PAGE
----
Lunani offered a counterpoint to IQMS’s advocacy of mobile ERP. “The biggest strategic mistake that we see companies make is to view mobility as simply a shift in platform,” he said. “For instance, they see the mobile device as a way for employees to access or run an entire business system -- enterprise resource planning, customer relationship management, finance and accounting, human resources, and so on -- from the road. In their minds, mobility simply means transferring these complex, multi-function business applications and systems to the mobile device.”
He has seen companies deploy mobile applications with “more than 50 different screens.” He warns that this is “exactly the opposite of what will make people productive, assuming you can even get them to use something so cumbersome.” For a more strategic approach, he urged, “think about how mobile devices are used in the consumer world, where people regularly download applications for very targeted and even single-function activities.”
While recognizing the benefits of mobile technologies, companies of all kinds wrestle with decisions around app development, deployment, and management. A report from research firm IDC spotlights “the rising trend of using a corporate application store to manage the proliferation of mobile applications across manufacturing organizations.”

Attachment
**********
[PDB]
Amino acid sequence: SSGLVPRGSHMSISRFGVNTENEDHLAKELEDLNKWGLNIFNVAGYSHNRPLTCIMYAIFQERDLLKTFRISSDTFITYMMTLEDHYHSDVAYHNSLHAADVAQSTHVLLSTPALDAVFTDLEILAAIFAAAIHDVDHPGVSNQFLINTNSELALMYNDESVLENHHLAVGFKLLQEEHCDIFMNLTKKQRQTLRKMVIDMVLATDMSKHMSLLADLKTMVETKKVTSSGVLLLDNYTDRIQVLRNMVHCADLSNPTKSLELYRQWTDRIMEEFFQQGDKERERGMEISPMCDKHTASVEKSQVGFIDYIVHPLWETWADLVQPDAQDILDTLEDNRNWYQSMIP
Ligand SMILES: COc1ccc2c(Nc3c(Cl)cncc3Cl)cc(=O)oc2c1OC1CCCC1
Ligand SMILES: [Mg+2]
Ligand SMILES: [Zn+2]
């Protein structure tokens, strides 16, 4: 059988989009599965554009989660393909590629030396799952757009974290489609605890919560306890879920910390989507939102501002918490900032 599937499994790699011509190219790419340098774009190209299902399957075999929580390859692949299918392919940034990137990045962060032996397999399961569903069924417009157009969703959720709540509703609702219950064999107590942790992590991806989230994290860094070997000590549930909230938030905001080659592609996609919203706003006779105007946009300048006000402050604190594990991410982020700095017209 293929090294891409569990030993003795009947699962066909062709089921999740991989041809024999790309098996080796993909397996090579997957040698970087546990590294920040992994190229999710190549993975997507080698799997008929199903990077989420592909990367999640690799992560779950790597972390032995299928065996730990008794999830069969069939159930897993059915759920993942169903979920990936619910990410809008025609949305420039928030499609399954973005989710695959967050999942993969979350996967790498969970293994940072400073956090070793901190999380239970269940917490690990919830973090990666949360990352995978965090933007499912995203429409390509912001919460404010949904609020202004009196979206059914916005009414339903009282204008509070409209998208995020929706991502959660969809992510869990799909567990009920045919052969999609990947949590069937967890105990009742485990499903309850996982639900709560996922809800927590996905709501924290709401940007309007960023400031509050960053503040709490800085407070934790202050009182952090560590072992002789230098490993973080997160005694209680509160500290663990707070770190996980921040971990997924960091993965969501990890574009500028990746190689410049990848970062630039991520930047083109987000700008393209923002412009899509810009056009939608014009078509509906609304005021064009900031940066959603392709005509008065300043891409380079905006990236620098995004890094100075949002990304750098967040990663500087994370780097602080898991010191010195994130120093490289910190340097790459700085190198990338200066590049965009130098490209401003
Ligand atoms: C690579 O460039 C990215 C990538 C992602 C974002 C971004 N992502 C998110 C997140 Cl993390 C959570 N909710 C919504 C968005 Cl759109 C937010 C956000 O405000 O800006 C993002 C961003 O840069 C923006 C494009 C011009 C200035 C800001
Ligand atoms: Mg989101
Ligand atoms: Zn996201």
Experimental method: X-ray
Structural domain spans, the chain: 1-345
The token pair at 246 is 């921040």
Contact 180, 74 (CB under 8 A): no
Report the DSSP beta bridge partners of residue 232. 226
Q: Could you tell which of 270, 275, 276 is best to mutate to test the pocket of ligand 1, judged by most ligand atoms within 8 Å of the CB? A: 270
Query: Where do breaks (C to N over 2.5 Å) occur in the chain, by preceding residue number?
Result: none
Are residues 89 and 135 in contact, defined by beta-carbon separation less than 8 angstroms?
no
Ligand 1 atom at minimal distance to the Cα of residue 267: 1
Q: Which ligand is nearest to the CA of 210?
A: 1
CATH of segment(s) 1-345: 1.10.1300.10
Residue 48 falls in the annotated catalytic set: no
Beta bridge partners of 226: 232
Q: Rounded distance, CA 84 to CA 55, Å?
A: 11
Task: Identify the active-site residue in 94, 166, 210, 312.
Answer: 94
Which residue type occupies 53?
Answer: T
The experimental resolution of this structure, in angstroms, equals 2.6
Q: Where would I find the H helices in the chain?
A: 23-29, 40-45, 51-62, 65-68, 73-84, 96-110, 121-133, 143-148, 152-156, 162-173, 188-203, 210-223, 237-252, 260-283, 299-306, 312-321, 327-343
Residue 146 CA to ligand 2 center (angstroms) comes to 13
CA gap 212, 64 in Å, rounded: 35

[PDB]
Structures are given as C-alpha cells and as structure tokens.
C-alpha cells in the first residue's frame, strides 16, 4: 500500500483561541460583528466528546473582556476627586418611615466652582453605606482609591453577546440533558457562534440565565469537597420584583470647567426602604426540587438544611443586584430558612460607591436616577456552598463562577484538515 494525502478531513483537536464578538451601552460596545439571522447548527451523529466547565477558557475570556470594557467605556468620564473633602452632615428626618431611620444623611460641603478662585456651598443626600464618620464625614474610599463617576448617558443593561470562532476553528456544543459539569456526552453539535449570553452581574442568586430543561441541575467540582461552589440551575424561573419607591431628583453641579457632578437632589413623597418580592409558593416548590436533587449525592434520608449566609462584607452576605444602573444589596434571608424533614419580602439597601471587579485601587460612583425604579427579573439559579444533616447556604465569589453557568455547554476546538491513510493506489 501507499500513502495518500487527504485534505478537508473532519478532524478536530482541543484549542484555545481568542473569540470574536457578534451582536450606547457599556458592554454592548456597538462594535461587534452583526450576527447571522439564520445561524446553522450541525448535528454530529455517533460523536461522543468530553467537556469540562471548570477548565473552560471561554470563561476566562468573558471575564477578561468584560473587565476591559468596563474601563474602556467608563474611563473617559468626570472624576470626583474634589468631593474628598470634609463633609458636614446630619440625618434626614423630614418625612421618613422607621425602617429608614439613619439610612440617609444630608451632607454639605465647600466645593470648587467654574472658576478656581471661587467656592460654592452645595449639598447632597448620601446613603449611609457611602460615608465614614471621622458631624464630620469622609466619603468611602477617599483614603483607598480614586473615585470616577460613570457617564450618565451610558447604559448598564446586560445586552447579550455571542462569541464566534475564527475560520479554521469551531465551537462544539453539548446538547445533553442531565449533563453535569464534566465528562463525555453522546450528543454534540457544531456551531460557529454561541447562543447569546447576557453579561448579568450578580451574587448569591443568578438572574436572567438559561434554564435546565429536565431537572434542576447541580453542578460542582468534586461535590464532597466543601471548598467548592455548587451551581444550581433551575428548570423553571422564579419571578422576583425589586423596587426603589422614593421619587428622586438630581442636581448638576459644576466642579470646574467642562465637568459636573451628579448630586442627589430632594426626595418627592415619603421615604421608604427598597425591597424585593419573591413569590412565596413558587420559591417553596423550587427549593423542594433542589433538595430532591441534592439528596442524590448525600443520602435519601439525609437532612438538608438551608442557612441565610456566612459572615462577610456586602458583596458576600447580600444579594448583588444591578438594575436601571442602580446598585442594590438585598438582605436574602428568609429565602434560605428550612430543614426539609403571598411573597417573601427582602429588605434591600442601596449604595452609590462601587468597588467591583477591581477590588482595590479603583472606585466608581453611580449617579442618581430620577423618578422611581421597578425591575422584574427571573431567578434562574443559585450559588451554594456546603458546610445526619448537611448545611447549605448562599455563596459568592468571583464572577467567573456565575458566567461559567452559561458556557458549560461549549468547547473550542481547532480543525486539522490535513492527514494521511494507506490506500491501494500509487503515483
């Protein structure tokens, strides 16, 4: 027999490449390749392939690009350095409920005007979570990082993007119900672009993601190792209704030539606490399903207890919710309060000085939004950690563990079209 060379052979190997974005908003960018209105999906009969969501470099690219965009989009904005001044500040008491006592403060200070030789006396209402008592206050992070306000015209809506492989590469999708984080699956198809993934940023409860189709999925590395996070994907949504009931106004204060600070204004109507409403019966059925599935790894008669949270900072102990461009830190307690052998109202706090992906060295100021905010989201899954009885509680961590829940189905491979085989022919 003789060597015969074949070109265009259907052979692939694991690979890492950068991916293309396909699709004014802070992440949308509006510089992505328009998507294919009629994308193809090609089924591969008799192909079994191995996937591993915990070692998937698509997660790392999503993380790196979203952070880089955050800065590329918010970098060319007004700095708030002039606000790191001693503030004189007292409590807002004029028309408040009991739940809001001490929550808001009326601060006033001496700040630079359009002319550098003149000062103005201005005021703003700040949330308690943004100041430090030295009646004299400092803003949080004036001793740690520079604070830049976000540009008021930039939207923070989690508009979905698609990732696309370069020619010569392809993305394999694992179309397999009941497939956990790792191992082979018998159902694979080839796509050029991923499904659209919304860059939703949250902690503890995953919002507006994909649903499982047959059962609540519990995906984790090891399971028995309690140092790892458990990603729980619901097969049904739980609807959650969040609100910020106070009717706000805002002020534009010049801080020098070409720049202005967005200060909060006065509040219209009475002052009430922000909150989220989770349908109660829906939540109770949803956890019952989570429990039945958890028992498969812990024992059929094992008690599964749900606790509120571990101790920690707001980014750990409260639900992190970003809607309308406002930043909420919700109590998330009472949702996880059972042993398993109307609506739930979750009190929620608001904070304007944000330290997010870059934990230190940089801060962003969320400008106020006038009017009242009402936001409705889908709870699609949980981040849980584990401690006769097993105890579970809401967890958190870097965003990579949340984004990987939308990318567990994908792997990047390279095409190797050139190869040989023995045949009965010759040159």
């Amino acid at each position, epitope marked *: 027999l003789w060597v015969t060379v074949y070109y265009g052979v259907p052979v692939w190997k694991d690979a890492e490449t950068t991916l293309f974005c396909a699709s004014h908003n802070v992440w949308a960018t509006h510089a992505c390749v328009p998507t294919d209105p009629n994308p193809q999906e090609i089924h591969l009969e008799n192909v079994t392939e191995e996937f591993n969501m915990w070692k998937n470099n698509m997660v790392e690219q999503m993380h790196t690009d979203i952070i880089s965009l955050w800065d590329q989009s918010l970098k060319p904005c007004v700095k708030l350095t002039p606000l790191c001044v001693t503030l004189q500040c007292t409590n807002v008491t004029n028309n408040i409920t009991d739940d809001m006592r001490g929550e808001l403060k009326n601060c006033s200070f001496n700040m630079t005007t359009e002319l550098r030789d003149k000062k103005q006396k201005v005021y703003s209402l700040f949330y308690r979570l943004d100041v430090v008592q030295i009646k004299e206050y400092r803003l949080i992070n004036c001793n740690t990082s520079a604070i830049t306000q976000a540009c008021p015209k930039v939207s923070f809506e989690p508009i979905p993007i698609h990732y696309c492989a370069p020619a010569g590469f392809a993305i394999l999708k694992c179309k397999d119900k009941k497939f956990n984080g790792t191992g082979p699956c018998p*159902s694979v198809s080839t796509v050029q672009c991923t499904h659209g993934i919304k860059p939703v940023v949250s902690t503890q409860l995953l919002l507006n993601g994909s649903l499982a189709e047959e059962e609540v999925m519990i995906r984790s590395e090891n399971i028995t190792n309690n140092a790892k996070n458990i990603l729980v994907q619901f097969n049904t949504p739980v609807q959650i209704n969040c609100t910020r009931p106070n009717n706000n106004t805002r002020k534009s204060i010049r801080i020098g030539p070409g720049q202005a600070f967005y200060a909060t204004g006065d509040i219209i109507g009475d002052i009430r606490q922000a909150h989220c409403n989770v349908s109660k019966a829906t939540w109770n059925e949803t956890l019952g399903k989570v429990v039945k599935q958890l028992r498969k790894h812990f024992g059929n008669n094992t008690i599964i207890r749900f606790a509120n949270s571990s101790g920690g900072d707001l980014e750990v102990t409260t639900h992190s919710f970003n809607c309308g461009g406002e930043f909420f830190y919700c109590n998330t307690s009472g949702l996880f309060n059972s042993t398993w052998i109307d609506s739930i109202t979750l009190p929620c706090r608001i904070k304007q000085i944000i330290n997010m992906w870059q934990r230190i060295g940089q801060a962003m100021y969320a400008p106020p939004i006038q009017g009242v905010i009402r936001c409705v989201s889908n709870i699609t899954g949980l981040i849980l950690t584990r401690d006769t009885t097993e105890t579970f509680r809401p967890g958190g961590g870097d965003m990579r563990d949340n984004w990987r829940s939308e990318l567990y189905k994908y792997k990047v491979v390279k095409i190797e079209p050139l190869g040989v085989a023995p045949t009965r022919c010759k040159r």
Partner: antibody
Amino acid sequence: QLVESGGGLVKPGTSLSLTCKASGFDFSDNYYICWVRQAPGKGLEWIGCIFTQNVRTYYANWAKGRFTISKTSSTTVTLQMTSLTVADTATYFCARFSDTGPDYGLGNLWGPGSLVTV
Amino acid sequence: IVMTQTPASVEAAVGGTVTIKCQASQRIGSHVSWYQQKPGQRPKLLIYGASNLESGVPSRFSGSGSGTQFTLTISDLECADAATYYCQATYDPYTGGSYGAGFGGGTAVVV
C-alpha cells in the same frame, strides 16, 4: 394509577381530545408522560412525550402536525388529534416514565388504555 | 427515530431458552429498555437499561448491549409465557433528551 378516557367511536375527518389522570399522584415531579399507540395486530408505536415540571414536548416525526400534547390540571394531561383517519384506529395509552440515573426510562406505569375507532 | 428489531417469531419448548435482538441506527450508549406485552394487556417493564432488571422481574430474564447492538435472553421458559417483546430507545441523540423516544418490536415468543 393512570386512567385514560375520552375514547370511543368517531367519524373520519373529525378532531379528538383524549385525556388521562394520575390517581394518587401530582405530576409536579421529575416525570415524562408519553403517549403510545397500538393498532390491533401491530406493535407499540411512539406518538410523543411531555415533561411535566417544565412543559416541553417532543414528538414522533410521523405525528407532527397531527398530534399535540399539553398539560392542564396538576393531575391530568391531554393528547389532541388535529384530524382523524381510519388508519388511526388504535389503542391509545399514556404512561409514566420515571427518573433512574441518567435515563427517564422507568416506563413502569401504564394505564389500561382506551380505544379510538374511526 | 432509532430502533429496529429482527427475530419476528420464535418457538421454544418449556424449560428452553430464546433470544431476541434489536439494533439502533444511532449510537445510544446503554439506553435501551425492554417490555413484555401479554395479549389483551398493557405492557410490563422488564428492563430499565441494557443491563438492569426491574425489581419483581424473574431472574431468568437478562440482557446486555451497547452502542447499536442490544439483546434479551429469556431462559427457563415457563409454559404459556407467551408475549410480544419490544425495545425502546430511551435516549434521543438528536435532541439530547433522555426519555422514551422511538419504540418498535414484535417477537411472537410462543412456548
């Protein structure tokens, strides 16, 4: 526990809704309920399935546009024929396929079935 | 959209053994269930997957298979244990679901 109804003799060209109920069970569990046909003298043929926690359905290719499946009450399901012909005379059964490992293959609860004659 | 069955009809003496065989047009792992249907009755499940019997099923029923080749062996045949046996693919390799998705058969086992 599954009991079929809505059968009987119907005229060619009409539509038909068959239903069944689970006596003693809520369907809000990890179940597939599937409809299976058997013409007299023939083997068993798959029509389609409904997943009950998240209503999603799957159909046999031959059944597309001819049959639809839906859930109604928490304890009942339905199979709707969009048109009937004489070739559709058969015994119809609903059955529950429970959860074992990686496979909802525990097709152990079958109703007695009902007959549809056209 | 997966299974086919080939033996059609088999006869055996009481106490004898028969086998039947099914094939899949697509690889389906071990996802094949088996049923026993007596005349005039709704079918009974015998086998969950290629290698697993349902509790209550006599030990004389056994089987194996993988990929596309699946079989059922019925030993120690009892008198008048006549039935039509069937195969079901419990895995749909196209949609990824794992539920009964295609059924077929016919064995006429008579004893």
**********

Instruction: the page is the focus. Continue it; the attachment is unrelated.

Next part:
A survey by the group found that nearly 80 percent of manufacturers are developing mobile applications, outstripping development of traditional applications. While only 20 percent of manufacturers are operating corporate app stores right now, IDC expects companies to “increase their adoption of corporate app stores in the next 12–18 months as they accelerate the delivery and quantity of mobile applications they provide to their employees and look for a means of more effectively and securely managing related processes.”
Lunani offers an intriguing vision for such company app stores. “Progressive manufacturing companies will build dozens of simple, intuitive, and even single-function apps and compile them into an enterprise mobile apps repository from which employees will download applications that perfectly synchronize with their business roles,” he said. His company has seen such “role-based mobility apps” achieve productivity improvements between 5 and 10 percent.
This concept of role-based apps points to the value of providing applications with “simple features and functionalities ... pre-populated with data and fields that make it easy for users to complete a specific task,” Lunani said.
As an example, a field service technician is unlikely to need a complex, hard-to-navigate application that does everything conceivable. It is much more practical to “identify just six or seven of these tasks that are crucial for performing on the road -- confirming an order is complete, for example, or ordering a spare part for a repair job,” he said. "Such highly purposeful, single-function applications that are aligned with their role and intuitive to use” are more likely “to ensure quick adoption.”
Selection of apps requires strategic thinking, “a deep understanding of business processes and activities within the organization, as well as the ability to select, prioritize, and ultimately build the optimal portfolio of enterprise mobile apps,” Lunani said.